Riders on the Storm
Last week we looked at John’s spiritual vision of the throne room and saw Jesus taking hold of the scroll; that is, taking control of history. Today we’re going to look at the seals on the scroll being opened.
The last song Jim Morrison of the Doors recorded in 1971 was the song Riders on the Storm.
The chorus goes…
Riders on the storm / Riders on the storm / Into this house we’re born / Into this world we’re thrown / Like a dog without a bone / An actor out on loan / Riders on the storm
The song is about being thrown into a chaotic and dangerous world in which there is a killer on the road. In a way, our passage says something similar.
But before I jump into it, I’d like you to think about going to the doctor…
Have you ever started tell the doctor about your issue, but then started to go deeper into background issues? Do you have any insight into what you were most afraid of, why you went there in your story?
A good doctor isn’t concerned with only the surface stuff. A good doctor says, “Sorry, we do need to go back and consider that other stuff. We have to have the problem full laid out so we can find the real solution.”
As we open the Bible to the 6th chapter of Revelation we’re getting a glance at full situation. We the four horsemen, the riders on the storm, an apocalyptic image of the way the world is right now: It’s a world under judgement, under the state of God’s disapproval
Now, we need to hear the chapter rightly. The horses and riders aren’t literal. You ought not expect to see the bests go galloping by some day. They’re already galloping, they are already a spiritual reality. The horses and riders are metaphors, images, pictures, windows into a world under judgement, a world in its denial of God. And God has made it thus that denial of himself wreaks havoc on the world—a world sowing the wind and reaping the whirlwind.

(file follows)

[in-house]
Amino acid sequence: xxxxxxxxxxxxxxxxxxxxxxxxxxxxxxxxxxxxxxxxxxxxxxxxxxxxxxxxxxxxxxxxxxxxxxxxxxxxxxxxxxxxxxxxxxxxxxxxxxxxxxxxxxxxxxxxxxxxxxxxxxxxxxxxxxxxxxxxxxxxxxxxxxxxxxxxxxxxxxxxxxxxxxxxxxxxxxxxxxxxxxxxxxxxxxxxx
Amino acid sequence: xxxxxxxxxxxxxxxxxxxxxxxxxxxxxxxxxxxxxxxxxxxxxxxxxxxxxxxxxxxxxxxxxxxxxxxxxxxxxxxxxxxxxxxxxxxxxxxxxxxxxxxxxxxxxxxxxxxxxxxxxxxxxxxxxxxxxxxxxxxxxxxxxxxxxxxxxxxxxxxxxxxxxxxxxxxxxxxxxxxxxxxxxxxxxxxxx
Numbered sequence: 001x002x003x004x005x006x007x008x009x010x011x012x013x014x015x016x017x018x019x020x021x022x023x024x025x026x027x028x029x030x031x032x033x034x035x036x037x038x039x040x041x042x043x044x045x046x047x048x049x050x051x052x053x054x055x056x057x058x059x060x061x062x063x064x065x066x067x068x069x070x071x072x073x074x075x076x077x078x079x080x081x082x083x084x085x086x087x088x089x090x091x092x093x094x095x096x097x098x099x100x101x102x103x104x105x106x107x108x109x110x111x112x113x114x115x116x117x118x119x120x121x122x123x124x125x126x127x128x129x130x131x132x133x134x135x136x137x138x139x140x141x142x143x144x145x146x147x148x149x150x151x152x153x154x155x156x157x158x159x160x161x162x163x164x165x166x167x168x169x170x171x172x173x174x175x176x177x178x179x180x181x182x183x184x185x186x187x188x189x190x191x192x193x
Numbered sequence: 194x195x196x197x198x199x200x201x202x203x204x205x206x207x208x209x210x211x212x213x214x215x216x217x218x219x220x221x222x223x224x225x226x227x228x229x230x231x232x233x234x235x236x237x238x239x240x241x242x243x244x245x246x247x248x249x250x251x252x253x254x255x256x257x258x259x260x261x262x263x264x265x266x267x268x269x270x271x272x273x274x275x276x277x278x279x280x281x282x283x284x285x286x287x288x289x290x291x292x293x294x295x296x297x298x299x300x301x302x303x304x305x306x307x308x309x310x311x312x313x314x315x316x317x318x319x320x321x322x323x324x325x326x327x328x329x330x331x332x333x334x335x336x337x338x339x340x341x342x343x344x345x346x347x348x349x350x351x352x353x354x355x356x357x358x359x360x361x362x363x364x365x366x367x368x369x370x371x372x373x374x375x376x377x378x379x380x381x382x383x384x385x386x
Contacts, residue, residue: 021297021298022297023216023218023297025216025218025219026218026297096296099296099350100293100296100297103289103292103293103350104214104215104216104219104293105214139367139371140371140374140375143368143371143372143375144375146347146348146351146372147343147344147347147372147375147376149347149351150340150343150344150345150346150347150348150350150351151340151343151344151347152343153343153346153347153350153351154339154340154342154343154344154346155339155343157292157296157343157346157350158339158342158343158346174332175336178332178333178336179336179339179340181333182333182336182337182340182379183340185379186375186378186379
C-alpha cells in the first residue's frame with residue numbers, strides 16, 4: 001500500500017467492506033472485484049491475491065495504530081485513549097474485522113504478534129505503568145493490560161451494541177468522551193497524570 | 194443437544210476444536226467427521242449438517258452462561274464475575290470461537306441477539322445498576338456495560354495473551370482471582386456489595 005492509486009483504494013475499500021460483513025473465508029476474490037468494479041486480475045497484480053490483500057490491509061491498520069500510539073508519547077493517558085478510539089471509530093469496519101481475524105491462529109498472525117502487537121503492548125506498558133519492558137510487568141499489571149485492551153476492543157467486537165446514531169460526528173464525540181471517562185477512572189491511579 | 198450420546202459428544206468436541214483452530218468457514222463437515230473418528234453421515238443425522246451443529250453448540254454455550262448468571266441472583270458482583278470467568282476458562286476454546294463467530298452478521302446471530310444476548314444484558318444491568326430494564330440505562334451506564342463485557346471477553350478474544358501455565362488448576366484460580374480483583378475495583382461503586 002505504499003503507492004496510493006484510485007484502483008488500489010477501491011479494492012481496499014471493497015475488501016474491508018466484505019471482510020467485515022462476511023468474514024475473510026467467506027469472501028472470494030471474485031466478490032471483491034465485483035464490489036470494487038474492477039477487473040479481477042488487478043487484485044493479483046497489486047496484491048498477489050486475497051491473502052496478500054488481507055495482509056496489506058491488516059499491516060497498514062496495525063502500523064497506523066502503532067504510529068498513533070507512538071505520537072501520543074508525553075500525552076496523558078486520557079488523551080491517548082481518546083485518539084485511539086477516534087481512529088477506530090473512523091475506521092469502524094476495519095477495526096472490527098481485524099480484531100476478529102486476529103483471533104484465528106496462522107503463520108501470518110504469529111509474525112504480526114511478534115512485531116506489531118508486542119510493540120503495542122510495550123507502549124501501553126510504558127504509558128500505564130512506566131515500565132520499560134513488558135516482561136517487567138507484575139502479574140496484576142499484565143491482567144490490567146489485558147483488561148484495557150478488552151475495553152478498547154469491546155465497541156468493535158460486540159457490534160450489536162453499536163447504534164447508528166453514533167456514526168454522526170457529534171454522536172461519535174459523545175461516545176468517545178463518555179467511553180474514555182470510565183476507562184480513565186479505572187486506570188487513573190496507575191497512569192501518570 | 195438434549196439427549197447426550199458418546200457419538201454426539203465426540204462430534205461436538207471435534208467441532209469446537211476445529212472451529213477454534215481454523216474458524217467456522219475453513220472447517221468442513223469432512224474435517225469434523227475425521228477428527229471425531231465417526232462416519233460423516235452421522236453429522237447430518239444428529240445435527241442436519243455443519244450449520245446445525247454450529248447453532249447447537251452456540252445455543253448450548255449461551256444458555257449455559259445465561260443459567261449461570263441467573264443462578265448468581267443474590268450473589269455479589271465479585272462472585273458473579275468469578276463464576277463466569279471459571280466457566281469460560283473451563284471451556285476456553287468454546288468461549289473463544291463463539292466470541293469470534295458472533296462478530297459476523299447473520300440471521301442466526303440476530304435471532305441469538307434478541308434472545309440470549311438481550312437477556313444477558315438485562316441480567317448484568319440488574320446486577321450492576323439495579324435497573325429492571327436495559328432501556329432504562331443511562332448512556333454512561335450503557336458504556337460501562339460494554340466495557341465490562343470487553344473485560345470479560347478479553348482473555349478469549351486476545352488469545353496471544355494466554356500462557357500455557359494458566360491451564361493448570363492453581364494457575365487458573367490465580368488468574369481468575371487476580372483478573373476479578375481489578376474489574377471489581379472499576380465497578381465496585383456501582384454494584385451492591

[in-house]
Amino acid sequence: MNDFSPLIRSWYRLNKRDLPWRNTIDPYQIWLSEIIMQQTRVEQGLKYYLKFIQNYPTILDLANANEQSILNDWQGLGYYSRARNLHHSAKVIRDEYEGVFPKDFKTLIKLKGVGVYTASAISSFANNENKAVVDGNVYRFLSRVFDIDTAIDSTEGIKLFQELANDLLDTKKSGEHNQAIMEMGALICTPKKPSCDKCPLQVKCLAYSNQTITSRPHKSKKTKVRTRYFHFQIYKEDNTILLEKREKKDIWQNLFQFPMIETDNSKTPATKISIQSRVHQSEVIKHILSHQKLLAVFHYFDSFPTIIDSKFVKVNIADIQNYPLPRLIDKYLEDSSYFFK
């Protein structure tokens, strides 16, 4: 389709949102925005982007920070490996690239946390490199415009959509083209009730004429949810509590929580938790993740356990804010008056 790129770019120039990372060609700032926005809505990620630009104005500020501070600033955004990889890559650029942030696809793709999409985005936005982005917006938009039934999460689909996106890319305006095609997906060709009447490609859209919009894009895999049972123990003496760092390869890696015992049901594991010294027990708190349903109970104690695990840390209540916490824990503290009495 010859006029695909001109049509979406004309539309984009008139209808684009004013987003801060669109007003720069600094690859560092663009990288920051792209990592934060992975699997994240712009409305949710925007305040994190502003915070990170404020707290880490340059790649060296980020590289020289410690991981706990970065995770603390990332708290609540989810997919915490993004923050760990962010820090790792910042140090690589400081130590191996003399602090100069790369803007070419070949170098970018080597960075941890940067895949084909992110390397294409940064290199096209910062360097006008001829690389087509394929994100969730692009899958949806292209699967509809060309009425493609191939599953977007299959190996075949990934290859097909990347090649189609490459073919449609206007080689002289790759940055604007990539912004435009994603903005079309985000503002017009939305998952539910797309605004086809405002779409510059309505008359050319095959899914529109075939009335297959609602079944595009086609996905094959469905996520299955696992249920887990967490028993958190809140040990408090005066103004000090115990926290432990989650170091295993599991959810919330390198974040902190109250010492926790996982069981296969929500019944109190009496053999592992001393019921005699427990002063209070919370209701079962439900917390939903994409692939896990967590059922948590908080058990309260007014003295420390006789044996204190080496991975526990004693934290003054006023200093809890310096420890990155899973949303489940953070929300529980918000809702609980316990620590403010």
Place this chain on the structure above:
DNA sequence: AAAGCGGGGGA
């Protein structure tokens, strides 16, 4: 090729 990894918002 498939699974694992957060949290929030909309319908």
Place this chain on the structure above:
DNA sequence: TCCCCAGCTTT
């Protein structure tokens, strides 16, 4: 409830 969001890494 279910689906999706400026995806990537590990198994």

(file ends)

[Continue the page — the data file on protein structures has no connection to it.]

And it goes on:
Turn to Revelation 6. I’m going to read the text in chunks and comment upon it as I go.
Revelation 6:1–2, ESV
Now I watched when the Lamb opened one of the seven seals, and I heard one of the four living creatures say with a voice like thunder, “Come!” And I looked, and behold, a white horse! And its rider had a bow, and a crown was given to him, and he came out conquering, and to conquer.
The horse and rider come forth, called by the living-creature. They’re white, the rider has a crown, and they’re going out to conquer.
Now, many see the color white and the crown and think that this is Jesus. But the depiction of Jesus elsewhere in Revelation is with many crowns. The only similarity this image has with Jesus is actually the white horse.
What does a white horse stand for? It stands for victory and conquest.
So the reality symbolized here is rather simple. The white horse and rider symbolize human conquest. Kings that go about the world claiming crowns, claiming sovereignty, claiming power, claiming to be Christs/Messiahs/Saviors, but they’re all pretenders. They claim they are the solution, but they’re not.
I’ve been getting lots of mail over the last several weeks from one candidate or another trying to tell me that they are the real solution, so I should give them my vote. They aren’t the solution; I’m not fooled.
Revelation 6:3–4, ESV
When he opened the second seal, I heard the second living creature say, “Come!” And out came another horse, bright red. Its rider was permitted to take peace from the earth, so that people should slay one another, and he was given a great sword.
What do you see in the world? Is there peace? What is it that world leaders promise over and over again? “Put me in power… and I’ll give you peace from war and peace from economic woe, and peace from this, and peace from that. “They offer superficial treatments for my people’s mortal wound,” says God through Jeremiah. “They give assurances of peace when there is no peace” (Jer 8:11, NLT). They promise to bring peace … just one more war, one more battle to get there, one more argument.
Ya know, that’s not just the case in world politics. That’s also the case sometimes in the relationship with our acquaintances, and friends, and family. Its often the case in our homes: “One more argument to set things right, then there’ll be peace.” The red rider is runs and tramples.
Do you see how this is working? The horses and riders are the consequences of life without God; the world under judgement.
Revelation 6:5–6, ESV